Falmouth Intersection: Work is underway on this project, which will add eight new lanes to the congested intersection. The current focus is on putting utilities underground. VDOT expects construction on the $25 million project to begin early next year. Work is expected to take up to two years.
U.S. 17 Widening: This project will add lanes to the heavily traveled highway between McLane Drive and Stafford Lakes Parkway. Construction is underway on the estimated $48.9 million project. Work is expected to be finished by December 2016.
State Route 630 interchange (Courthouse Road): This massive project will result in a new split diamond interchange and a rerouted Courthouse Road, which will connect with U.S. 1 at Hospital Center Boulevard, south of the current intersection. The $184 million project will be advertised for bids in early 2016 and is slated to be finished in 2019.
State 630 Widening: At the same time the interchange project is being done, State Route 630 west will be widened to four lanes from Cedar Lane to Ramoth Church Road. Also, a traffic light will be installed at the entrance to Colonial Forge High School. The $29.9 million project is set to be advertised for bids in the spring of 2016 and could be finished by the end of 2017.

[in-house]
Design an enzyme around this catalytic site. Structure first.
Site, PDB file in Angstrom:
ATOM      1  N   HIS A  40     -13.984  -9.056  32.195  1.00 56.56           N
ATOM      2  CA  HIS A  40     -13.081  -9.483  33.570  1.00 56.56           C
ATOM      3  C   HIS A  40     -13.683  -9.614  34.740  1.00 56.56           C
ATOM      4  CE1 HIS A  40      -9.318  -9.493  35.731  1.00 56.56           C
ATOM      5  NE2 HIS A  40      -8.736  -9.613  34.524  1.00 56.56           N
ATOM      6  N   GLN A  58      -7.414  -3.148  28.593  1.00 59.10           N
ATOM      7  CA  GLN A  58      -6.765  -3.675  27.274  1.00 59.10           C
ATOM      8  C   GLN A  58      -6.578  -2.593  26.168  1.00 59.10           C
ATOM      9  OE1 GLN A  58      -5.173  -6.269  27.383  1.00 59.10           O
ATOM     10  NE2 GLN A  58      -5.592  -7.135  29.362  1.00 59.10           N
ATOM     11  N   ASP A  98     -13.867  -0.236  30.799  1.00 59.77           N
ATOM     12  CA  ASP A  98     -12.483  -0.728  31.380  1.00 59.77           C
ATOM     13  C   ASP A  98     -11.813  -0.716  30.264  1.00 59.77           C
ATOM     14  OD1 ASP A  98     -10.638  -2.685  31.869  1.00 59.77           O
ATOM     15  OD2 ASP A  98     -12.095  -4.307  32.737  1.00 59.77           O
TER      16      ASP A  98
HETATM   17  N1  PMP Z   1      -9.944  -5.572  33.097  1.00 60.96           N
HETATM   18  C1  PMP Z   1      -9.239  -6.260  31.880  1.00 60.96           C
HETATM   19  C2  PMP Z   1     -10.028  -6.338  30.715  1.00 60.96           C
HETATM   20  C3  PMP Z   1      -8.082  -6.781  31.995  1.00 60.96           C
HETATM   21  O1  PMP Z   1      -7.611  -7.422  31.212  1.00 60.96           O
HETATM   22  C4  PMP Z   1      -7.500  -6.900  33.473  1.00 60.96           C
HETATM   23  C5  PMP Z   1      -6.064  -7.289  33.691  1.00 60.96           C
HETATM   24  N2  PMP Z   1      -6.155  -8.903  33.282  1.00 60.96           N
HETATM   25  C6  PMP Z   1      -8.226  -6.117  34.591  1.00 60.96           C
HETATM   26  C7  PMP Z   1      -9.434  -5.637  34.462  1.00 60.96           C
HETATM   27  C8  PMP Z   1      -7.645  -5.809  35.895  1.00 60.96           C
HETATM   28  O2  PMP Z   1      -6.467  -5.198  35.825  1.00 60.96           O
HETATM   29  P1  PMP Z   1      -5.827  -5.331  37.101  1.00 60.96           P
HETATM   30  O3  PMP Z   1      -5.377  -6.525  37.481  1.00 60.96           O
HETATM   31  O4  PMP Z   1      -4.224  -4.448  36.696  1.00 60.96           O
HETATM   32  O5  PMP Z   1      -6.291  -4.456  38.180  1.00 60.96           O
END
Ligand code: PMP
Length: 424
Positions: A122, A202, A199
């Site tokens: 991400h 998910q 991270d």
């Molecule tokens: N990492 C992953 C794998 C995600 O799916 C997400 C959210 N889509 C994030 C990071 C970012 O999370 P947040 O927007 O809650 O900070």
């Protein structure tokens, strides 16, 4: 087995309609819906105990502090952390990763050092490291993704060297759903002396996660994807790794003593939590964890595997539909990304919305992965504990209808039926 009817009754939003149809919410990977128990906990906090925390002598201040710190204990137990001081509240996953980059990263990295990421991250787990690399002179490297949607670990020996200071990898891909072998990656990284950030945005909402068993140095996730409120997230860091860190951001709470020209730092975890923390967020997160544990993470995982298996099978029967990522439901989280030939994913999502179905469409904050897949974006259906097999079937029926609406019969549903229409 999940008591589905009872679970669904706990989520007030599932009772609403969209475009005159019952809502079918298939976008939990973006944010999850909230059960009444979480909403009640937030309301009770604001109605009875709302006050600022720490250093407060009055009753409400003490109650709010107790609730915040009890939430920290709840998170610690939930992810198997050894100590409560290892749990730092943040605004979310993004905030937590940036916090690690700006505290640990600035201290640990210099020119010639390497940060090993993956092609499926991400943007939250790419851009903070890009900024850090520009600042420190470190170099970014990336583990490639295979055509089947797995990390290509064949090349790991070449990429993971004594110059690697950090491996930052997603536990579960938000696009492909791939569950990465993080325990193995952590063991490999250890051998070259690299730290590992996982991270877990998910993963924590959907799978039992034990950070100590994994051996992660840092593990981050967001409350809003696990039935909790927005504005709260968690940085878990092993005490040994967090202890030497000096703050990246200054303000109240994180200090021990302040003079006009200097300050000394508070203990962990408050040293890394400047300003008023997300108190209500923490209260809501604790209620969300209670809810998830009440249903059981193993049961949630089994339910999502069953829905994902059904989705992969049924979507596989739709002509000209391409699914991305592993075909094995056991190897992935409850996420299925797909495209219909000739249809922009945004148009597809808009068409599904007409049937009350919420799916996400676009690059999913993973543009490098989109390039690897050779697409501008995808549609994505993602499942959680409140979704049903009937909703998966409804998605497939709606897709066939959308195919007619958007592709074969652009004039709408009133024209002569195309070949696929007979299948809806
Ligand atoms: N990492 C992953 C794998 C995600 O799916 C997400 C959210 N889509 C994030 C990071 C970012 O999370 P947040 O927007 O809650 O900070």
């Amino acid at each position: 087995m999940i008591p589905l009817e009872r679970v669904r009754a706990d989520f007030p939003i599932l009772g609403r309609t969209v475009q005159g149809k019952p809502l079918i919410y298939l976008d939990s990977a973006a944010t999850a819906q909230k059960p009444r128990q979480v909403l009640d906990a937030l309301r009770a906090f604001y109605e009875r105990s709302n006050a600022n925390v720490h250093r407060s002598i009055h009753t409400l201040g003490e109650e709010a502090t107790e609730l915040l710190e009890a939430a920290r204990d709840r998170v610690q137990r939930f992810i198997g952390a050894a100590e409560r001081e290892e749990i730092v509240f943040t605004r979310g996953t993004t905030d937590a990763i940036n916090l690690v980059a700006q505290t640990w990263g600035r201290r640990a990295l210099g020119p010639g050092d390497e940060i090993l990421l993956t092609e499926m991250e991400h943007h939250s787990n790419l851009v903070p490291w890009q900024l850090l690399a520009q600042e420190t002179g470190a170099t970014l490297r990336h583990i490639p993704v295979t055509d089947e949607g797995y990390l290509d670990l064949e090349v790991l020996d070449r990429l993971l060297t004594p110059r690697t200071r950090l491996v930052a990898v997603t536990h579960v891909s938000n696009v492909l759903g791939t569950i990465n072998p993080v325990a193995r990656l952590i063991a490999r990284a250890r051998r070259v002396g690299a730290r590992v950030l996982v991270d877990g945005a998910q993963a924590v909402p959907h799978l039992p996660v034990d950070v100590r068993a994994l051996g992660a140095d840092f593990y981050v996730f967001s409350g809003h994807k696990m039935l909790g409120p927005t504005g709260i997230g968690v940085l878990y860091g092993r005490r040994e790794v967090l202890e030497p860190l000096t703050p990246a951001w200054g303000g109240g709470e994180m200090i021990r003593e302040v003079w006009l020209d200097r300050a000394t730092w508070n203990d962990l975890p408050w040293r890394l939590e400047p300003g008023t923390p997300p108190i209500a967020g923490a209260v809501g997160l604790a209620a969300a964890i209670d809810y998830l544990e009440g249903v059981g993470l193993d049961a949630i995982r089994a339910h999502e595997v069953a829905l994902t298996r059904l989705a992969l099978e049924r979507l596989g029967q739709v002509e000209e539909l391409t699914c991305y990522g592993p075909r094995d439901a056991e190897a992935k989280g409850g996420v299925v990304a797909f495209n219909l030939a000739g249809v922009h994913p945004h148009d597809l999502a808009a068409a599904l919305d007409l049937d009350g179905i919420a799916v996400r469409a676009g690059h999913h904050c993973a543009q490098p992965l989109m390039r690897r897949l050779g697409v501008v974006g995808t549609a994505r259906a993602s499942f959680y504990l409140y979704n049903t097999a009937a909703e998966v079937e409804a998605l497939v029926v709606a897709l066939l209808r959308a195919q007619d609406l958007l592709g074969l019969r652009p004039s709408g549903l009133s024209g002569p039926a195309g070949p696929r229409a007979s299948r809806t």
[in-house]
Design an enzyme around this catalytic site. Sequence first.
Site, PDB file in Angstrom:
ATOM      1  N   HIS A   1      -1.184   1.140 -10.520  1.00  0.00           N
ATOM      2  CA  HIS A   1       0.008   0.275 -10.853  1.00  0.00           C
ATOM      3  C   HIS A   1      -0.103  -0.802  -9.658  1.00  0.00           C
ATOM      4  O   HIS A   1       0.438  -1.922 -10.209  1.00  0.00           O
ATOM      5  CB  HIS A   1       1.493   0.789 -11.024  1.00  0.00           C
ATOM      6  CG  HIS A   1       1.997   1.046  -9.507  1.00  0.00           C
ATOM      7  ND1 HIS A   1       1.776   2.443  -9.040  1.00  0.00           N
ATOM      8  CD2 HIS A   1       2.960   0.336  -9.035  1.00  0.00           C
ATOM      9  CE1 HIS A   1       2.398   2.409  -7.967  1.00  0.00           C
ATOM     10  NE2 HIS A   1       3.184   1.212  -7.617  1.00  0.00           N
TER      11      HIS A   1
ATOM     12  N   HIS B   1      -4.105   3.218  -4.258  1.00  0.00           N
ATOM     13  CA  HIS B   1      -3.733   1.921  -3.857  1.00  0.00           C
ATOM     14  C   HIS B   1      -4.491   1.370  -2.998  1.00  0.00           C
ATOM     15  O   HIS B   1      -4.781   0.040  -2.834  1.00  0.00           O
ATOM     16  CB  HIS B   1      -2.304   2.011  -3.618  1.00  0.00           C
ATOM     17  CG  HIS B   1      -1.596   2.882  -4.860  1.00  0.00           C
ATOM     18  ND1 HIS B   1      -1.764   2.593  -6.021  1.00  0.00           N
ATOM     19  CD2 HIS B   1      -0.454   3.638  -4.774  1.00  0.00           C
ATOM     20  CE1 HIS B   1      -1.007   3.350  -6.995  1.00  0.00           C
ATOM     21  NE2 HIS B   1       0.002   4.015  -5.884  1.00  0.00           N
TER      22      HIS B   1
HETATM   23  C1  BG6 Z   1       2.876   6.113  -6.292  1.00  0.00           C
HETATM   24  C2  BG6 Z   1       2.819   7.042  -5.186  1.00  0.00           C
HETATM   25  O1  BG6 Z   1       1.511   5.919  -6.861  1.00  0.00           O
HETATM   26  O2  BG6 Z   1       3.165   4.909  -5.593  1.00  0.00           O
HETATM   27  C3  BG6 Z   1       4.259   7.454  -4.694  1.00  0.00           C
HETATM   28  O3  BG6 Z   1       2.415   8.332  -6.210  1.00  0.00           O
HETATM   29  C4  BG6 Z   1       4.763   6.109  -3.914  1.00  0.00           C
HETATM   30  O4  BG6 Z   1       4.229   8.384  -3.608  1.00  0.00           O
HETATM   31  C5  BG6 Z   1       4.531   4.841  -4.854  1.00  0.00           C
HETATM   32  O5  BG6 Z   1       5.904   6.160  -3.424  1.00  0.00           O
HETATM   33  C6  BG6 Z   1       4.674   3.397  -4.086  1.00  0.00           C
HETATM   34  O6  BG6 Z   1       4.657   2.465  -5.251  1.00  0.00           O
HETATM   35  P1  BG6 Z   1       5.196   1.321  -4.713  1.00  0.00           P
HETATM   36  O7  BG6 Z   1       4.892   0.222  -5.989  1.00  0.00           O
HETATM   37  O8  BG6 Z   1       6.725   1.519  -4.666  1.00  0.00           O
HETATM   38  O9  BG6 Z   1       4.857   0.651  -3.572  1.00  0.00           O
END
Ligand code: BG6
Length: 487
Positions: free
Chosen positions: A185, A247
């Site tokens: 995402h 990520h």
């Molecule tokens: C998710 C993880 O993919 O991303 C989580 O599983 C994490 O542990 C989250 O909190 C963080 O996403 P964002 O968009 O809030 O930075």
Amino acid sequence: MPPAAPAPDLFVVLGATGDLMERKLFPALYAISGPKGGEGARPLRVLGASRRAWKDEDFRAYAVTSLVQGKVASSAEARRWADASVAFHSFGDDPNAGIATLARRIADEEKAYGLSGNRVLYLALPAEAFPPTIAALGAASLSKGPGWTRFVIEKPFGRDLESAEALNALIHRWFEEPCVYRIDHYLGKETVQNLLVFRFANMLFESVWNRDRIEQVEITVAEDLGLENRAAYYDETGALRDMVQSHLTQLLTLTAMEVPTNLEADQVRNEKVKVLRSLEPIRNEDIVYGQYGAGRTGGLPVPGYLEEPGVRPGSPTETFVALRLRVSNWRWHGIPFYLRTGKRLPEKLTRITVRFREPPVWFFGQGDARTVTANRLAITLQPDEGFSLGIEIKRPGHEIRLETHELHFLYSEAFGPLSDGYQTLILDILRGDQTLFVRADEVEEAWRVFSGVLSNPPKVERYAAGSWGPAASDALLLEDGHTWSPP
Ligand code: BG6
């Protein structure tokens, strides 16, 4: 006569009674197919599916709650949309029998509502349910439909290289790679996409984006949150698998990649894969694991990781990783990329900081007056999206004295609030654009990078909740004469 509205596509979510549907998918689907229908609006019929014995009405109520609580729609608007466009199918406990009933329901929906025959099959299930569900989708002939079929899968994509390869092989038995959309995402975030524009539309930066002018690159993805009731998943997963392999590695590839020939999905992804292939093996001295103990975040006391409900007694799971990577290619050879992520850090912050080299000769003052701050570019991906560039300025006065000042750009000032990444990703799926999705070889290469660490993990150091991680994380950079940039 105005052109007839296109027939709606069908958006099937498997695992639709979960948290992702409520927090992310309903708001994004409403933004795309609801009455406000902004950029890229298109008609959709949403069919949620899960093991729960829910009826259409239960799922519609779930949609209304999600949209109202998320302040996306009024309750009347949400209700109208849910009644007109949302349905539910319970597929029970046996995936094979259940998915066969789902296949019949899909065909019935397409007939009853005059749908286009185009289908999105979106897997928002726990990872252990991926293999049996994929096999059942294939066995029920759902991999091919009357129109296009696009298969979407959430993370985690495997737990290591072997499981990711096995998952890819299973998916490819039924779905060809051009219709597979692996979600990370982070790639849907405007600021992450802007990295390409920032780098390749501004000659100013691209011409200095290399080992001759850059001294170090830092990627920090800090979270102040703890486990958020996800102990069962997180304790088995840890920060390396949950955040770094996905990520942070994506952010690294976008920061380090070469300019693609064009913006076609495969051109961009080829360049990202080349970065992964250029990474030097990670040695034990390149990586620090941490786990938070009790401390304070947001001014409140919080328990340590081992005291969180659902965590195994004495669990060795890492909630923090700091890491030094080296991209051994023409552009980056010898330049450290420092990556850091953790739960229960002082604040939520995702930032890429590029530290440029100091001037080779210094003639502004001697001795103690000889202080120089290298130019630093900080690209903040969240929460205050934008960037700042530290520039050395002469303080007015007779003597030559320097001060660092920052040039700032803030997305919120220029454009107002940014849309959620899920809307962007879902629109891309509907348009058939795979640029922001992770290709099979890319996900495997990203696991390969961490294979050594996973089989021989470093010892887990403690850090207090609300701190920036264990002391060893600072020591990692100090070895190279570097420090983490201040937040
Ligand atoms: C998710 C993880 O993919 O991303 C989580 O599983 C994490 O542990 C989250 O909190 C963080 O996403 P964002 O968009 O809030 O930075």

State Route 610: There have been numerous recent upgrades at various intersections on Garrisonville Road. There are other projects slated for the North Stafford highway and at a commuter parking lot.
- Widening: The highway will be widened to six lanes between Onville and Eustace roads. The $13.8 million project is slated to start in June 2015 and be finished by the end of 2016.
- Onville Road Intersection Improvement: At the Route 610 and Onville Road intersection, turn lanes will be added in this $13.2 million project to accommodate increased traffic at the Quantico Marine Corps Base. Work should start in early 2014 and be finished by October 2015.
- The Staffordboro Commuter Lot Expansion: is in the midst of a $12.9 million expansion, which will add 1,000 spaces and include such extras as centralized slug pickup spots and bus bays. The expansion is currently in the works and is expected to be completed in December 2014.